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Sep 27 2012

Why I am an atheist – Steve

It’s probably a sign that you’re doomed to be a heathen when your initial conception of God was not the Gandalf-looking dude from the “Creation of Adam”, but the Fairy Godmother from “Cinderella.” It was easy for me as a child to buy into fictional characters being real. The brief time that I did go to church, and claim to feel something there like angels in the rafters or whatever, was also at about the same time that I was looking for the Teenage Mutant Ninja Turtles in sewer grates. Yep, The Almighty, and four mutated terrapins named after renaissance artists were equally plausible to me.

I wish I could say that I was precocious in my understanding, and that I knew, knew, there was no God, or that I had an incredibly skeptical mind for a kindergartner, but it didn’t work that way. It just sort of fell away over time like the other broken fantasies of my childhood. Maybe it was because I had never really been indoctrinated into it. The concept floated around in my head like any other aspect of culture that verged on the fantastic. It just never took hold of me. I wasn’t concerned that I’d be punished when I died at some unknown date in the future. I was more worried about the earthly and very real punishments from parents and authority figures.

I very briefly attended church when I was a kid. It was odd because initially, we didn’t go. No one in my family really did. We usually spent Sundays at my grandmother’s and we were quite happy about it. But I think my mom’s Catholic upbringing (and consequent Catholic Guilt) switched on and she had us start going. Not for long,mind you. We very quickly grew bored and irritated with the mass and those depressing dirges they would sing. I also didn’t understand why I wasn’t allowed to get one of the crackers.* I would learn later the reason why, but still. That’s not really the point though.  I think what caused us to stop going was because it separated us from our family. We would miss out-of-town relatives, or precious time with those who wouldn’t be around much longer.  Churchgoers can talk about the sense of community it fosters, the “City of God” and all that, but if you’re from a family that really doesn’t do church, then it isolates you more. We left, and save for the occasional Christmas Mass that I did out of love and respect for my mother, we never looked back.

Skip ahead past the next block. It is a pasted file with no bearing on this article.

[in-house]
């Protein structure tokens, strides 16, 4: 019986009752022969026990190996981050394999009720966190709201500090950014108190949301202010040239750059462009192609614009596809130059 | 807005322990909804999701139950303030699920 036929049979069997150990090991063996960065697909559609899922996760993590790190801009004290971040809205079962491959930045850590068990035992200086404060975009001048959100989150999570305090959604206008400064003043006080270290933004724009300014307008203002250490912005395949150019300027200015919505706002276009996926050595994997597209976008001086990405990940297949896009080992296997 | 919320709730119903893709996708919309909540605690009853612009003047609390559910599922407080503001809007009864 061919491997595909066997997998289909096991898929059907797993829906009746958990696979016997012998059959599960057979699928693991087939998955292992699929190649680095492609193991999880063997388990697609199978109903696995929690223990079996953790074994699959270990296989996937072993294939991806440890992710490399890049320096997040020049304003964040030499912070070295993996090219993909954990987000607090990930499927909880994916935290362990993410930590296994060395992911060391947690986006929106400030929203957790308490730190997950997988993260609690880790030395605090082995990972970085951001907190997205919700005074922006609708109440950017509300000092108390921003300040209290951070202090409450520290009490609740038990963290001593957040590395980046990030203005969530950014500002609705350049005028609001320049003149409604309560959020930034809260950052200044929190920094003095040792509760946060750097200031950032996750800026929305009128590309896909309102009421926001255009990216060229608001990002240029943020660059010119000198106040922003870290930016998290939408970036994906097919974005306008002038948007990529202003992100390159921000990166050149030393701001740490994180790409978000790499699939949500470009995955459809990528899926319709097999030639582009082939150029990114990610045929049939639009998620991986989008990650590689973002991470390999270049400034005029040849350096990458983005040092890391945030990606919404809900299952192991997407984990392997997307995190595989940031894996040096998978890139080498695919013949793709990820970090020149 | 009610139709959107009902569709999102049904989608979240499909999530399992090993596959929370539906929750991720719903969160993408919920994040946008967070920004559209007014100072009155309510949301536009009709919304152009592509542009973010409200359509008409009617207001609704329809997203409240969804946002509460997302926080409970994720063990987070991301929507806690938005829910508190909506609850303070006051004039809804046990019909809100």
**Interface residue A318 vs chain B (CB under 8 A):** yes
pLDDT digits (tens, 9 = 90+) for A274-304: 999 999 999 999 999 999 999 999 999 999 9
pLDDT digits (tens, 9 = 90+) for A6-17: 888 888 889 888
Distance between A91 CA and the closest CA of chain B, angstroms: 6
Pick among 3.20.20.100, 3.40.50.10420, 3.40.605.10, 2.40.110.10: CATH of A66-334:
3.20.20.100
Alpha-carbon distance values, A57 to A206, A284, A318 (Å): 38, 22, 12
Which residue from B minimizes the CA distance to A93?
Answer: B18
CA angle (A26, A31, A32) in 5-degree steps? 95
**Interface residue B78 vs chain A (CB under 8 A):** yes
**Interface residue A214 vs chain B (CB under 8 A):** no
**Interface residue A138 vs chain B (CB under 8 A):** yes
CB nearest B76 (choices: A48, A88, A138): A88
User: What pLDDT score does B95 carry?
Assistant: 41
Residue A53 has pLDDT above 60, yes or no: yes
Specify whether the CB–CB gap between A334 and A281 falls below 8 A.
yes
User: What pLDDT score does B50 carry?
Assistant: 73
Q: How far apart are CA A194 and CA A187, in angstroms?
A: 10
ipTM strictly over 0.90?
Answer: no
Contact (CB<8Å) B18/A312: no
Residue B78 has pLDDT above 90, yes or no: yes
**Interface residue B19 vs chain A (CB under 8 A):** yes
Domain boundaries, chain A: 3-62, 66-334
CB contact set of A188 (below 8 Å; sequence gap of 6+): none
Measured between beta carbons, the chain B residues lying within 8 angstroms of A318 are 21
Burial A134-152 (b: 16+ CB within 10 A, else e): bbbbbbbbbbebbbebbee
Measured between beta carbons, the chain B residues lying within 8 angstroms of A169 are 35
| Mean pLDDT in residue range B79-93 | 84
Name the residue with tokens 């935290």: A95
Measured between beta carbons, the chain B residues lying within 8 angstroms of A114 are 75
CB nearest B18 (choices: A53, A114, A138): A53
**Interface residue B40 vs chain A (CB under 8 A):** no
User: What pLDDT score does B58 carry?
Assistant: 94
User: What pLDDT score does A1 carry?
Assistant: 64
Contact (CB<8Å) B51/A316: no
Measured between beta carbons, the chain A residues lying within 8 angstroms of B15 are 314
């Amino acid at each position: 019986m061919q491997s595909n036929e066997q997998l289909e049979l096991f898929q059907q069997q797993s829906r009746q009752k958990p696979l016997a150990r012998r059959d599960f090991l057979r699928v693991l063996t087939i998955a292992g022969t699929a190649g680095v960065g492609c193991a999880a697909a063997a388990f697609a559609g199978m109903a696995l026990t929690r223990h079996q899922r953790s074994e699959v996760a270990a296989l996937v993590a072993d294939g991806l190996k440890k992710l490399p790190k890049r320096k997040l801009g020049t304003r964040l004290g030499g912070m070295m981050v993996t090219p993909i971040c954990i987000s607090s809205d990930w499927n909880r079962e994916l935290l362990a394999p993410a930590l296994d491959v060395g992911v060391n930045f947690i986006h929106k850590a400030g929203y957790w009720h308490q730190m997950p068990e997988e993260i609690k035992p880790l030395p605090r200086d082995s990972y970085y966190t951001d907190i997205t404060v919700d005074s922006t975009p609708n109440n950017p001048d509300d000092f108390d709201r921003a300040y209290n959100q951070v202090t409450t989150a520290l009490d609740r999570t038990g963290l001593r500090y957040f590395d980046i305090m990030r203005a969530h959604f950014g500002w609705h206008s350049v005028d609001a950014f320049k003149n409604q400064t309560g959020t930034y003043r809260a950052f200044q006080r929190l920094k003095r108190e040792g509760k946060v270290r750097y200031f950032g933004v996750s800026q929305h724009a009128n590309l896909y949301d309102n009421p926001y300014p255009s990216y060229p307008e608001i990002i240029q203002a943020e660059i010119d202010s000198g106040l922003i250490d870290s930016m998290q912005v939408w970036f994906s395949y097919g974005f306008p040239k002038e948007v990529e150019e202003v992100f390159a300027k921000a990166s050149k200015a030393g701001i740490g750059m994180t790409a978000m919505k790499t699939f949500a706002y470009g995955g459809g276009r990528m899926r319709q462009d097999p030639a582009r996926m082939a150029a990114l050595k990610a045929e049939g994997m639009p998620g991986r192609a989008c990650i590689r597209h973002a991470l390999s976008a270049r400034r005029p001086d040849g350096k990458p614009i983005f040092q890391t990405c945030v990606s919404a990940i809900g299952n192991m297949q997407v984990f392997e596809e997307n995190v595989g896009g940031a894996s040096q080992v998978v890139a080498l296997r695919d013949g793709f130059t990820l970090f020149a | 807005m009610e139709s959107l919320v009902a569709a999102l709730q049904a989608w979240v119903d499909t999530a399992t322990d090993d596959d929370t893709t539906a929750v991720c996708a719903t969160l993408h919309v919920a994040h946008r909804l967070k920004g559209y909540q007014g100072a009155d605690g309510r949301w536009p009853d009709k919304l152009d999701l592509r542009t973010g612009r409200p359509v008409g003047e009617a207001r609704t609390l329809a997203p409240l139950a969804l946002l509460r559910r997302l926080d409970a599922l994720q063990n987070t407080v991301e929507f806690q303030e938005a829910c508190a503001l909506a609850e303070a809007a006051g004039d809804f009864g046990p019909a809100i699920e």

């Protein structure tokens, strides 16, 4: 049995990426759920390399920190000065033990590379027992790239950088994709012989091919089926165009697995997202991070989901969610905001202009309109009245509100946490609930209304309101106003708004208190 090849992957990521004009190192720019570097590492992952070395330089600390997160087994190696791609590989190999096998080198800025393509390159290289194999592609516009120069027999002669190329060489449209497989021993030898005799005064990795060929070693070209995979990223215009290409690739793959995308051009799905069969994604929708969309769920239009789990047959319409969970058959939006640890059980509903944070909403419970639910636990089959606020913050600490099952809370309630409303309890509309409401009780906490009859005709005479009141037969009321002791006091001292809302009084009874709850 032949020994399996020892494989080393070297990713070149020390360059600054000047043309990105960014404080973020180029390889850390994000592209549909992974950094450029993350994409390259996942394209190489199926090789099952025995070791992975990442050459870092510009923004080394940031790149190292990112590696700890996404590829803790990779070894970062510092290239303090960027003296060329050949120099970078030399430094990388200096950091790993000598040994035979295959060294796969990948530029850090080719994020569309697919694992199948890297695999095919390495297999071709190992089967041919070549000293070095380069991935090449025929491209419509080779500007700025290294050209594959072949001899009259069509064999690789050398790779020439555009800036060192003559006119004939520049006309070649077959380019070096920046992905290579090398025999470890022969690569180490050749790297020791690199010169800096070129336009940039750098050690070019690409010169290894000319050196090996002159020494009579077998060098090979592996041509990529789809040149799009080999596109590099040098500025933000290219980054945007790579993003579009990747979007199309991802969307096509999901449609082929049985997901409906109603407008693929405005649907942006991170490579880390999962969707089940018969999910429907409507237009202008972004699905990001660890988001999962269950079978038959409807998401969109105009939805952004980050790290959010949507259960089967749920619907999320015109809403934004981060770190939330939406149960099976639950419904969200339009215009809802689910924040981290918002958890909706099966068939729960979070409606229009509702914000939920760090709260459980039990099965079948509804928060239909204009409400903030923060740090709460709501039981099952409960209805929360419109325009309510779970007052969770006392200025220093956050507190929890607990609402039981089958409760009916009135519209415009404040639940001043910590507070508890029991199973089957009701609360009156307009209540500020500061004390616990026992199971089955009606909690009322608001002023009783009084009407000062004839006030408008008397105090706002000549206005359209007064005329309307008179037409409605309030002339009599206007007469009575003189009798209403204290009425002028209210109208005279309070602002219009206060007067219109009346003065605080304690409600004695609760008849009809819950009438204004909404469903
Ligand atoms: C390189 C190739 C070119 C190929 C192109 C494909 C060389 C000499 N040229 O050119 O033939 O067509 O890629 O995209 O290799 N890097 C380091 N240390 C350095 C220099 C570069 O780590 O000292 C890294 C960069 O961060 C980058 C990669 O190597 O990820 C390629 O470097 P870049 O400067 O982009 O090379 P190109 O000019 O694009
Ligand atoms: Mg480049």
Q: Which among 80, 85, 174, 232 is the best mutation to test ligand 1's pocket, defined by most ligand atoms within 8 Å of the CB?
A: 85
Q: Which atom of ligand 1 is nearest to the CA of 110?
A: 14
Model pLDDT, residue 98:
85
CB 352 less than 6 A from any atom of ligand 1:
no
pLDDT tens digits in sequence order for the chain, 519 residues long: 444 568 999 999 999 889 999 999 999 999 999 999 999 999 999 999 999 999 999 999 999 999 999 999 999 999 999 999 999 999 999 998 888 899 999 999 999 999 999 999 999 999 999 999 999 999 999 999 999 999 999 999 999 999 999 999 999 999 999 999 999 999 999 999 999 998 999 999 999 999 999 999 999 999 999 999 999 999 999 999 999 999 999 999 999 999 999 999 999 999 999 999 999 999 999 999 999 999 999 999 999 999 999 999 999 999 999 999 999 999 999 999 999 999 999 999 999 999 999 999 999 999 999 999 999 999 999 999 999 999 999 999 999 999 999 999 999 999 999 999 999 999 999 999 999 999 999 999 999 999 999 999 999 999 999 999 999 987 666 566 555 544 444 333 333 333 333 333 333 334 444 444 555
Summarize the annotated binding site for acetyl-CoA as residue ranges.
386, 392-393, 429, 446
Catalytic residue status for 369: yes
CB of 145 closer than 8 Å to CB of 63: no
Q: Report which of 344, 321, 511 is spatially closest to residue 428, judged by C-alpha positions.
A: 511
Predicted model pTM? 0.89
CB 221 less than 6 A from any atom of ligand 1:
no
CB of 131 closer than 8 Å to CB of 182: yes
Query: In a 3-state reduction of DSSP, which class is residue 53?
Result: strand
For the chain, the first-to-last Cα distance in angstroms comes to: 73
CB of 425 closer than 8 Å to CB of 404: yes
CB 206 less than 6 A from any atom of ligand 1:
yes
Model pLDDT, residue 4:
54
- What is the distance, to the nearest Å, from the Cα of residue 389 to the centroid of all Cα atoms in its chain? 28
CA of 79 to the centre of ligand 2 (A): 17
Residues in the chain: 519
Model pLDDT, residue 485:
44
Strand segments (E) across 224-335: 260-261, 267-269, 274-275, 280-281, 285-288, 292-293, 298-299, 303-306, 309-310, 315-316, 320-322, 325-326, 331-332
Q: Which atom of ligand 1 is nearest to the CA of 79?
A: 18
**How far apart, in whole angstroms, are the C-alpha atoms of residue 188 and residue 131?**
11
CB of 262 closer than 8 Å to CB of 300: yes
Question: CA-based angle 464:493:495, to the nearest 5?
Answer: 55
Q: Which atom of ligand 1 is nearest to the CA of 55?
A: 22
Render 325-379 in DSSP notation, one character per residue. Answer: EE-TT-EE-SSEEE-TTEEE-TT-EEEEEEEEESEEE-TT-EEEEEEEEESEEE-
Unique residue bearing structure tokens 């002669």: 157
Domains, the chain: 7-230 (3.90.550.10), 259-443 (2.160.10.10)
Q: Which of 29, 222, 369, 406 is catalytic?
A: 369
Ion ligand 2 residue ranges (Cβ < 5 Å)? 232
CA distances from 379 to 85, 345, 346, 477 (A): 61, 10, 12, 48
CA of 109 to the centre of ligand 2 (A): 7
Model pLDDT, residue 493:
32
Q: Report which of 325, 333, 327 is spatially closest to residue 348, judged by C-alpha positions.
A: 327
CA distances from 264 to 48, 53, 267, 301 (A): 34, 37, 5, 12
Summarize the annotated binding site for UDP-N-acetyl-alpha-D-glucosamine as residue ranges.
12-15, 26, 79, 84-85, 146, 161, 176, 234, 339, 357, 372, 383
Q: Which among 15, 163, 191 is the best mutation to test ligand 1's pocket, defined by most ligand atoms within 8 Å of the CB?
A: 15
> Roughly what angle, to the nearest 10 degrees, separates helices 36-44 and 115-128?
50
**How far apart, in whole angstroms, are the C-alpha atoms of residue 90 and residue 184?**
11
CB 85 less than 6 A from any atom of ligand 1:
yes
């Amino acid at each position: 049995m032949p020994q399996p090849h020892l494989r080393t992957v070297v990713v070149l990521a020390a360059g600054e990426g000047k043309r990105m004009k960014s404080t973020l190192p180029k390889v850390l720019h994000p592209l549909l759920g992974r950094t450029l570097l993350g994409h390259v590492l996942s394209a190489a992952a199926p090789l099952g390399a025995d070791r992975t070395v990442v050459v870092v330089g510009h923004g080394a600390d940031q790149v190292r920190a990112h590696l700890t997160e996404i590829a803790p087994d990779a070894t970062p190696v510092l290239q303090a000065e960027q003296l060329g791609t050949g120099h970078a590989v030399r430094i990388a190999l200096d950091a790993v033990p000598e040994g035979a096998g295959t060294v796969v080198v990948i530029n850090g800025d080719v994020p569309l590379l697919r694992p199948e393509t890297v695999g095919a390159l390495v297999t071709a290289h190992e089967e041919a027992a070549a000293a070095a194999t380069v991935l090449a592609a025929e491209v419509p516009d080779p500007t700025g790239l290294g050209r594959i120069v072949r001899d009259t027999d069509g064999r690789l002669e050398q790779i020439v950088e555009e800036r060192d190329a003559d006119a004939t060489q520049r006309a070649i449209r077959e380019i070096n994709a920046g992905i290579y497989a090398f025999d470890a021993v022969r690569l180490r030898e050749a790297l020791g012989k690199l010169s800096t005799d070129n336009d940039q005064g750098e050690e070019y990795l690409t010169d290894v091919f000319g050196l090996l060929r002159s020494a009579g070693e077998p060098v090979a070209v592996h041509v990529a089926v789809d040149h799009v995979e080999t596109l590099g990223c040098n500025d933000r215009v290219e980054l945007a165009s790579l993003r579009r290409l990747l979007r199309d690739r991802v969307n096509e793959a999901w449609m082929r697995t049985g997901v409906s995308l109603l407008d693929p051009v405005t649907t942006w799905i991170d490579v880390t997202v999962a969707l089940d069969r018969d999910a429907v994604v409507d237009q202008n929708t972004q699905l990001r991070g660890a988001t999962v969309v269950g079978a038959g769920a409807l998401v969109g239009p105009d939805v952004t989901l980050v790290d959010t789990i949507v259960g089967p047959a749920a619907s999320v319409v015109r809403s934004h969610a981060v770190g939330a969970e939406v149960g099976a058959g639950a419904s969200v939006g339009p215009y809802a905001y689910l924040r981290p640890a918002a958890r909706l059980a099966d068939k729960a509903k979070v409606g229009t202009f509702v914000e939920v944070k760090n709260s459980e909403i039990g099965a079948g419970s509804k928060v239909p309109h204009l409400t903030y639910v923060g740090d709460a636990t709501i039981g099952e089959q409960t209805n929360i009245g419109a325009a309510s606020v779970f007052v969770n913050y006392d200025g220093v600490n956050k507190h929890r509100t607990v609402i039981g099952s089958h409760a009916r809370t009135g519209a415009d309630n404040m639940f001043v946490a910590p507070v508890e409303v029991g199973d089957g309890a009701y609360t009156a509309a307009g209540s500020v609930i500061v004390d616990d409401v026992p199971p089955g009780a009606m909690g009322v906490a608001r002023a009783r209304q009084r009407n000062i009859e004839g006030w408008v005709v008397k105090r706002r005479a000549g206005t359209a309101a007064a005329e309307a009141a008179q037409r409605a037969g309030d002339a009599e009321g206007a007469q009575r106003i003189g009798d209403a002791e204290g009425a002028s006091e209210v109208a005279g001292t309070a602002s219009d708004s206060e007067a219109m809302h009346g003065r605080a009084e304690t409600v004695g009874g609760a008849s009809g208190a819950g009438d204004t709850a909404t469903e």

*I was hungry and the service was long. Also six years old.

The things that mattered were the values that were instilled in me. My parents taught me to be a good person for the sake of it. I try not to harm others because I don’t want that done to me. It was never about feeling good, or knowing that was what God wanted me to do. It’s about being responsible and decent members of society. People have a tendency to conflate what is ‘right’ and what is ‘good’. I rather suspect that there are a lot of  people who think their religion is right, and so think they’re good and anybody isn’t ‘right” isn’t “good”. But there’s so much general bastardry in human history that it’s fair to say it’s encoded into our DNA. Being good doesn’t mean you’re religious, and being religious doesn’t mean you’re good. It always comes down to the individual and how they choose to act.

Steve
United States

3 comments

  1. 1
    Nick Gotts

    I try not to harm others because I don’t want that done to me. – Steve

    That’s not a bad reason, but a better one is because they don’t want that done to them.

  2. 2
    okeydoke

    Yeah, the concept of god and the not very convincing Jesus story never did it for me either as a kid. I guess the catholic kind of indoctrination over here in Europe(Germany to be exact) is rather mild compared to the american yahoo cults but it exists and was very pervasive when i went to school. There was compulsory weekly church services(although only for one grade leading up to communion) and school classes on religion(all the way up to senior classes and even at vocational schools if you were registered as either catholic or protestant). I did not exactly resent it but neither did i care all that much for it. I just went with it and had a “Yeah, sure, whatever.” mindset. I guess there was a reason we never got handed a full copy of the bible to read for ourselves. Not even for the classes. All we got was selected xeroxed excerpts for the teacher to pontificate about. Christian religion seems to be dieing a slow inevitable death over here since the Age of Enlightenment began. The pews are nearly empty and it is my hope that the churches will soon lose the rest of their privileges(many billions of taxpayer subsidies for one).

  3. 3
    leonpeyre

    Yep, The Almighty, and four mutated terrapins named after renaissance artists were equally plausible to me.

    Same here. Then again, I suppose most of us would agree with you on that.

    Congratulations on not getting sucked into Catholicism. I kept out too, mostly thanks to my parents. (Like you, we briefly went to Mass briefly as well, but my Dad tells me we stopped going because all the local church ever seemed interested in was what was coming back in the collection plate. I guess that was an eye-opener for a couple who grew up in the Fifties and had always vaguely taken the religious package for granted.)

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